Powers, Tim. Declare. New York: William Morrow and Company, 2001. ISBN 0380976528, hc, $25.00.

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(This review originally appeared in Mythprint 38:3 (#228) in March 2001.)

Reviewed by Eleanor M. Farrell

Andrew Hale, the protagonist of Tim Powers’ new novel, is uprooted from his comfortable position as an Oxford professor by a coded telephone call, bringing the past into sharp relief. Recruited as a young boy, via a mysterious family history, into an even-more-clandestine-than-usual section of the British secret service, Hale was encouraged to join the Communist Party as World War II began. Arrest and a seeming defection led to a posting in occupied Paris with a fellow Soviet agent, Elena Ceniza-Bendiga, and introduced Hale to elements far beyond the scope of normal espionage. A series of encounters with double agents and supernatural manifestations punctuated the agent’s career, leading to a disastrous mission in Turkey in 1948. Now Hale learns that Operation Declare has been reopened and his duty is to complete the task he began decades before.

In various interviews, fantasy writer Tim Powers has stated his dual thought process for approaching a new topic: 1) “there is no such thing as coincidence”; and 2) “but what were they doing, really?” At a recent appearance in a San Mateo bookstore to promote his new novel, the author whispered conspiratorially [okay, he claimed he had developed laryngitis during the tour, driving South from Seattle with his wife Serena, but this delivery was singularly appropos] about the increasingly bizarre elements he discovered in doing research on the life and career of British double agent Kim Philby, who plays a major part in the novel.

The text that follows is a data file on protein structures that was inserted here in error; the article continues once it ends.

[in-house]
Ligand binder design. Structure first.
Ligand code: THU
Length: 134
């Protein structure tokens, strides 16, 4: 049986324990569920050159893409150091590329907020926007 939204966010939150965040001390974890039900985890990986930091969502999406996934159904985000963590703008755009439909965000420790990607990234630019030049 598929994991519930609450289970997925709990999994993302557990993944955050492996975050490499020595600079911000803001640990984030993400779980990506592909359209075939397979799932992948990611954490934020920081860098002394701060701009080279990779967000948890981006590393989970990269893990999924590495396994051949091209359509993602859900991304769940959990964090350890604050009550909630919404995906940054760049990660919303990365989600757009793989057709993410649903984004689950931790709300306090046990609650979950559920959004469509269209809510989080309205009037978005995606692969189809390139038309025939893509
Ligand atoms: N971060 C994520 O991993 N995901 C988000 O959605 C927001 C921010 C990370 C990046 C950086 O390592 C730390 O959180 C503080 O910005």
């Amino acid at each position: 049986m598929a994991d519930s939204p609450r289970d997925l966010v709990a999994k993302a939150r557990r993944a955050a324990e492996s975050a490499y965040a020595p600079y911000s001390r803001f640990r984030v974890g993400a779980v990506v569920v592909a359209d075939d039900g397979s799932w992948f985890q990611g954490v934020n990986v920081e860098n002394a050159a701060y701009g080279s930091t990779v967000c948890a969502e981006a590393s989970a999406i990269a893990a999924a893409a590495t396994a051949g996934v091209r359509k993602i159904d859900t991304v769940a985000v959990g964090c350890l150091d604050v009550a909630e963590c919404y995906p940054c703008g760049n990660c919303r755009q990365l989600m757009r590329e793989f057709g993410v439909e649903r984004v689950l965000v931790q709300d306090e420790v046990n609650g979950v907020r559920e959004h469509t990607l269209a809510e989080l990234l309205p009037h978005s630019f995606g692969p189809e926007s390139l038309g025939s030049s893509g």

Philby’s father’s own career and the two men’s connections to the Middle East eventually drew in the exploits of T.E. Lawrence, djinn out of The 1,001 Arabian Nights, the Dead Sea scrolls, Mount Ararat, mystic elements of Catholicism, Bedouins in the Arabian desert, and immortality-producing plants, all of which — and more — are included in the novel’s plot. In the Powers Cold War universe, the Soviet Union is sustained by supernatural powers and the British are well aware of this, arming their agents with protective ankhs as well as fake passports.

Although the story abounds with the author’s signature supernatural confrontations and excesses of weirdness, Declare is well-plotted and cohesive, even within the series of flashback episodes which bring the reader through Hale’s past adventures to the final efforts of the operation. Andrew Hale himself is one of the author’s best-drawn and sympathetic characters (and who, incidentally, keeps all of his body parts). In addition to the growing audience of fantasy readers who appreciate Powers’ unique contributions to this genre, Declare will also appeal to fans of John Le Carré, The Sandbaggers and other depictions of Cold War espionage with all of its glorious double-dealing and paranoia.

One of Powers’ strengths as a writer is that his research and plot construction are so thorough that, at least while you are reading the story, even the most fantastic elements seem not only real, but obvious. If we don’t actually live in a world with these wonders, the reader can rejoice that someone with the intellectual curiosity and enthusiastic imagination of Tim Powers is available to create these worlds for us.

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